Emmet Kirwan’s Dublin Oldschool, the smash hit, which was adapted into a film this summer, has returned to the stage at the Project Arts Centre for an 11-day run. Directed by Philip McMahon and starring Kirwan and Ian Lloyd Anderson (of Love/Hate), this hour-long spoken word journey is the story of a young DJ’s drug-fuelled bank holiday weekend in Dublin, which leads to a chance encounter with the heroin-addicted brother from his past and what can only be described as a rhythmic long-hard-look-in-the-mirror.
Perhaps the best place to begin is with the gripes. A few times in this play, moments of possible character development go awry through seemingly misplaced or tonally dissonant instances of metaphysical philosophy and thematic pussyfooting, with the odd dodgy pseudo-poetry thrown in for good measure – “1: A disease! 2: No, a dis-ease” being a glaring example, reminiscent of a Beckett duologue that didn’t make the final cut. One of these seldom moments comes at the beginning of the play, and another towards the end. Speaking of the end, the play concludes via a plot device which is clever but does not, in this reviewer’s opinion, truly land with any tangible significance beyond its cleverness.
Here end the gripes. The performances of Kirwan and Anderson are a feat to behold. Retaining a gripping and dominating energy throughout, the pair reach ecstatic and skilful explosions of caricature before sweeping into admirable touches of nuance. Said emotionally nuanced moments of dialogue are impressive considering the whopping pace of this play. With four days and myriad characters traversed, the plot appropriately feels like it’s on speed, with the rapid anecdotes entirely hurtling over (blacking out between?) nearly all inconsequential breaths. And yet even the supporting characters, who are all masterfully handled by Anderson, burst with personality in their brief interjections, reminding us of people we’ve had the pleasure of meeting on nights out when we should have gone home yesterday.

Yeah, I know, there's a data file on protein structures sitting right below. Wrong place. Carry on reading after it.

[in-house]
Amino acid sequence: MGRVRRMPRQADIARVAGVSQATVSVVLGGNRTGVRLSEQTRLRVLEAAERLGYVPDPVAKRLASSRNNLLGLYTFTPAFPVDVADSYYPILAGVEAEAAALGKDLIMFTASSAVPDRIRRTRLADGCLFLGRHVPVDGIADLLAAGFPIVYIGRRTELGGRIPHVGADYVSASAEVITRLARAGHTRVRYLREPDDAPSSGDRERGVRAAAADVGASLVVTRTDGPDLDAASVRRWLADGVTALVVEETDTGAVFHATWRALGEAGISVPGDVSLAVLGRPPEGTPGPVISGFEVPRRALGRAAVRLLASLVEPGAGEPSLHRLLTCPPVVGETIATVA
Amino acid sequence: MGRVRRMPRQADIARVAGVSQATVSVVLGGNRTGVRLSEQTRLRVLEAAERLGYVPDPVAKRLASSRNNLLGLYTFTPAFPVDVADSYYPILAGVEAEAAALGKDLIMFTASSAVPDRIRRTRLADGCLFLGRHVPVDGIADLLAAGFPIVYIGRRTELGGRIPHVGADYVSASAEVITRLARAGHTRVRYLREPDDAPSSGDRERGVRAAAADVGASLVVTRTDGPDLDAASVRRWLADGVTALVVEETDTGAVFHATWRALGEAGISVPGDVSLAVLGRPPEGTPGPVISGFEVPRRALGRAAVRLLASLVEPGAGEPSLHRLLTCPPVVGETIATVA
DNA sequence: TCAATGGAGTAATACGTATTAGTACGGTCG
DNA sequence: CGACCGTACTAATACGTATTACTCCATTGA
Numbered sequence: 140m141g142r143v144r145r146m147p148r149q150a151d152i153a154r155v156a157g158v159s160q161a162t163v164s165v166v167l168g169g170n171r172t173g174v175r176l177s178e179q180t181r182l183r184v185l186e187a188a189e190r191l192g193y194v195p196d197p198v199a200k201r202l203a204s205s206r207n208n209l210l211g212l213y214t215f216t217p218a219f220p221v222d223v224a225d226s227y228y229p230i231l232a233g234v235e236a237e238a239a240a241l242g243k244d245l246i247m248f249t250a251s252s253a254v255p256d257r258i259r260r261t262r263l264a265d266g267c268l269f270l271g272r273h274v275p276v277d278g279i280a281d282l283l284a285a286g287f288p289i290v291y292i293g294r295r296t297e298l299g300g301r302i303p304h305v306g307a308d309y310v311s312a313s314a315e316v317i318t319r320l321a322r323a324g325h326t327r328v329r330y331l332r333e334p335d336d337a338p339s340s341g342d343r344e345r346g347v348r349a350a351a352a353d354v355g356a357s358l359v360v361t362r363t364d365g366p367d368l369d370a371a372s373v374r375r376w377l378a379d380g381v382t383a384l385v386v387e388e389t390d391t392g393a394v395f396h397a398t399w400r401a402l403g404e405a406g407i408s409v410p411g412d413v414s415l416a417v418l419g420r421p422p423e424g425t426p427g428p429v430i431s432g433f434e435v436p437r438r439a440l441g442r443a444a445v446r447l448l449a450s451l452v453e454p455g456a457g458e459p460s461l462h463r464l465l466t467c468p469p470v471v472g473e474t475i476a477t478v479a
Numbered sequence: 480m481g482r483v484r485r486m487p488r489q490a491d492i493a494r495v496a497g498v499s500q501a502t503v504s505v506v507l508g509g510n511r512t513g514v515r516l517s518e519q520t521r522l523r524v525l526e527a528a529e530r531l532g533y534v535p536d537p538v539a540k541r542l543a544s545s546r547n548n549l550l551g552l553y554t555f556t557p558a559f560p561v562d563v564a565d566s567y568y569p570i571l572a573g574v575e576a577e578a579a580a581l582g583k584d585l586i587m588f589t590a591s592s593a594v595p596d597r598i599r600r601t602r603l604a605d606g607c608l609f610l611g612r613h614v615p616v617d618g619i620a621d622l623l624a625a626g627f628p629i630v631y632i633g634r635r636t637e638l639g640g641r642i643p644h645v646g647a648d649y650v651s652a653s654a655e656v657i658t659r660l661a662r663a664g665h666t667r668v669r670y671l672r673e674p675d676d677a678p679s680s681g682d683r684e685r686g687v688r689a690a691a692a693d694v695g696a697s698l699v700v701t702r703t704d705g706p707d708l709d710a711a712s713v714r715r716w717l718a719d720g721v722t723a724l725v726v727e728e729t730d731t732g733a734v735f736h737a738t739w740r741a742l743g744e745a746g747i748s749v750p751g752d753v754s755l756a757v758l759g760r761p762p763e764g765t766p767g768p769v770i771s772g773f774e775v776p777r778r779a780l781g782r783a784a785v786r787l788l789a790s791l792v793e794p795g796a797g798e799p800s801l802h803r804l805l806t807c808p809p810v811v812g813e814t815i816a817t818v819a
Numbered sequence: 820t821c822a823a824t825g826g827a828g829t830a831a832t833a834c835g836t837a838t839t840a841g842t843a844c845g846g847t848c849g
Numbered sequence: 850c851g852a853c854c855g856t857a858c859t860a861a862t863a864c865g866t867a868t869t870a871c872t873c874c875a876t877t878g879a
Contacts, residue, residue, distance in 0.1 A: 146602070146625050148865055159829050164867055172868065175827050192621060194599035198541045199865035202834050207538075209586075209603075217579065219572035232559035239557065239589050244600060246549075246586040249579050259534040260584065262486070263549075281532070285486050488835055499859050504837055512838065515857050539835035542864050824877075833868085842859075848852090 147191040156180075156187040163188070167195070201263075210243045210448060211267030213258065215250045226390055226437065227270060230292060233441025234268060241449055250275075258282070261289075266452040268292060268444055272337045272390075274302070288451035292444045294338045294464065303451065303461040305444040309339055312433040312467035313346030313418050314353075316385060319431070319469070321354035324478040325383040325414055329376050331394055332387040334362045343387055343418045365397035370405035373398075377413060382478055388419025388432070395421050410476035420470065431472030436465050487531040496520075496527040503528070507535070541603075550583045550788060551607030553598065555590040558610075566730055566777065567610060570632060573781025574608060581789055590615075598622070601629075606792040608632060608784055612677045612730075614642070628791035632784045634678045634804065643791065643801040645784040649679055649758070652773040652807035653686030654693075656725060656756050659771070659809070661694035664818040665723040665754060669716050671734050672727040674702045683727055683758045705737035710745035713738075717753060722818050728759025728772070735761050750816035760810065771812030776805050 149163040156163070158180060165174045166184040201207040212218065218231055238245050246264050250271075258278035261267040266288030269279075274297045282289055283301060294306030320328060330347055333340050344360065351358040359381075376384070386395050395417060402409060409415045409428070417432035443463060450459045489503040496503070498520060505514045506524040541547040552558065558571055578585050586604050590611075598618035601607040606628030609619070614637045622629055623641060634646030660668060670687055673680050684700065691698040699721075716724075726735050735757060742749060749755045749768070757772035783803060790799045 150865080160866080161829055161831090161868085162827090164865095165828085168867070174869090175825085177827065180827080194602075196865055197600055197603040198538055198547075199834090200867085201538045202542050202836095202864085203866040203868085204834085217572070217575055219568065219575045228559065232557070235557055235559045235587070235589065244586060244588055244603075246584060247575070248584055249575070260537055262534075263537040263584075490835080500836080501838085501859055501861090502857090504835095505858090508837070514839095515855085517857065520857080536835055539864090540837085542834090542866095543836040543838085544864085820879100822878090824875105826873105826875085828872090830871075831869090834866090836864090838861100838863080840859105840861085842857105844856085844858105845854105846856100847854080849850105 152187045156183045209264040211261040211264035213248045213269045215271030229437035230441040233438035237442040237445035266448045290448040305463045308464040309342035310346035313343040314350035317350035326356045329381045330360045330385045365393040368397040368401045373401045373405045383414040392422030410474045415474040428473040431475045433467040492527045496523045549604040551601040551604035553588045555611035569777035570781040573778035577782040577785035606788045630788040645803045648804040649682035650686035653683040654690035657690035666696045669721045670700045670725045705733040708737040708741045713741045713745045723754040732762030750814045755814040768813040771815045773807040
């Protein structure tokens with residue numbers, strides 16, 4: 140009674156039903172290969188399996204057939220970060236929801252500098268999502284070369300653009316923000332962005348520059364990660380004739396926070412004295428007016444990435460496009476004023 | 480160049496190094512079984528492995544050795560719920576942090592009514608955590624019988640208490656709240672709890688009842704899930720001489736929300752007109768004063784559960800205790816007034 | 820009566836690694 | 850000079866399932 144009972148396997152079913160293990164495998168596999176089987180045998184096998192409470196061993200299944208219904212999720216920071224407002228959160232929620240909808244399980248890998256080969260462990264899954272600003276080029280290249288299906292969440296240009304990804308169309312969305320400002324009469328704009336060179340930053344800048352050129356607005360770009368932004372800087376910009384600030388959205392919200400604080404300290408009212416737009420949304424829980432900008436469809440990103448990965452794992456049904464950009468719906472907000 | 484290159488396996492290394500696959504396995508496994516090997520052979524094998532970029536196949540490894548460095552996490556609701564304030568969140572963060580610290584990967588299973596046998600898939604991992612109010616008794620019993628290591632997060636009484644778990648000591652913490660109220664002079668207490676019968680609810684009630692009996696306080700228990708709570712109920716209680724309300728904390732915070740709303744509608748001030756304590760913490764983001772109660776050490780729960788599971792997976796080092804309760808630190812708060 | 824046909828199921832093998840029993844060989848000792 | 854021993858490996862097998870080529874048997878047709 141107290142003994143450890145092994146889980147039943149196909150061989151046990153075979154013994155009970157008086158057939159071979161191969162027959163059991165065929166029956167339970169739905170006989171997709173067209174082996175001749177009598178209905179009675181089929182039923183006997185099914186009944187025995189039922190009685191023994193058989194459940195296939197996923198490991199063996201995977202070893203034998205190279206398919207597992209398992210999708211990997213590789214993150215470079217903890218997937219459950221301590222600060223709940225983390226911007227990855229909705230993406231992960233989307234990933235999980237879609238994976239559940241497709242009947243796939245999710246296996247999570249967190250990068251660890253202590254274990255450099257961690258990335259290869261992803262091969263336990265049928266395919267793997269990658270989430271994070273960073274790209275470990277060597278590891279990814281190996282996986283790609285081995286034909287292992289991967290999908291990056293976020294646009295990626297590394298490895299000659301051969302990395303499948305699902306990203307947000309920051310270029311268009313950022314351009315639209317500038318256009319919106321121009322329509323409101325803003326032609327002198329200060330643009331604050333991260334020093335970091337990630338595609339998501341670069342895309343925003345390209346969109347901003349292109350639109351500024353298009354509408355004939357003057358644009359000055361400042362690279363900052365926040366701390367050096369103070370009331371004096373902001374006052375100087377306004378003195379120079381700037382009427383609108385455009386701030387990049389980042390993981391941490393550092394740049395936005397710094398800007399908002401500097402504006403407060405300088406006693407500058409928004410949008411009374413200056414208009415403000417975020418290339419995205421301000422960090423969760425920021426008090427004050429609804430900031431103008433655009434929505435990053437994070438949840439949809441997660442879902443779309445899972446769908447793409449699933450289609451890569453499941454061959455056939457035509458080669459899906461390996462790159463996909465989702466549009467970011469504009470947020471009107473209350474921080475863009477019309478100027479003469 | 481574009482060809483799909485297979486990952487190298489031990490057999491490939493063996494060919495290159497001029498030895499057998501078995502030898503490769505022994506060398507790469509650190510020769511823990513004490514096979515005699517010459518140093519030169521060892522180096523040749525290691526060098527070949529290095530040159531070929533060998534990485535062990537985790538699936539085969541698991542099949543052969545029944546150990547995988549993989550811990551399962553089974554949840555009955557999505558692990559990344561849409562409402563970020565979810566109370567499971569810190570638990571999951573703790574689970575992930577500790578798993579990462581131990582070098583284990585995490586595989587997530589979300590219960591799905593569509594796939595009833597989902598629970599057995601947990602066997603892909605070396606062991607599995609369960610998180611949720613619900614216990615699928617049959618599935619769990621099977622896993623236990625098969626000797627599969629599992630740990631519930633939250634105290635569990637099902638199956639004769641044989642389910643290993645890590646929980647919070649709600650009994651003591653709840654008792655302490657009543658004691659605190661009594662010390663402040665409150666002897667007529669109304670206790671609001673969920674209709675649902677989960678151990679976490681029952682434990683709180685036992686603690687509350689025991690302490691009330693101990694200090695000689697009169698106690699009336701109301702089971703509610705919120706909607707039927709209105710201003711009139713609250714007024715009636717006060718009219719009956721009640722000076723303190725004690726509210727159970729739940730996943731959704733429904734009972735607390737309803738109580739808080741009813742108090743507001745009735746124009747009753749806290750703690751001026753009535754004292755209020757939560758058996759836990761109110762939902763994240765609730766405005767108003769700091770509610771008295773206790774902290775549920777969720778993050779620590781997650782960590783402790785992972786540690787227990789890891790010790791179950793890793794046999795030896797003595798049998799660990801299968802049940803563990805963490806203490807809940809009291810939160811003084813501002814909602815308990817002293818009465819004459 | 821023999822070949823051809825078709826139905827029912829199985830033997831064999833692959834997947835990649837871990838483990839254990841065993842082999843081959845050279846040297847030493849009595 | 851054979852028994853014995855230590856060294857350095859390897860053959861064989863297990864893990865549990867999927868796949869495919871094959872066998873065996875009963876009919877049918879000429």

The exuberance of these large personalities highlights what is perhaps the best part of this play, and the reason why it will surely entertain most audience members for runs to come – that is, the tonal migrations that occur so frequently yet so seamlessly throughout. Huge laughs are balanced with truly touching moments of aggression and tenderness between the brothers. What is key is the balance. The drama is never (well, maybe once) sullied with a misplaced joke, and the comedy does not lose its heart by being juxtaposed with poorly tessellating melodrama. This play has its chances to spoon/force-feed its messages of forgiveness, self-evaluation, and crucially spectrally characterised definitions of addiction and self, down the throats of its audience. But it never does, and instead opts to present us with people. Many people in two people. It is with real people that we both laugh and cry, and this production understands that. Beyond anything else, this aspect of Dublin Oldschool’s writing, directing, and performance are its true triumph.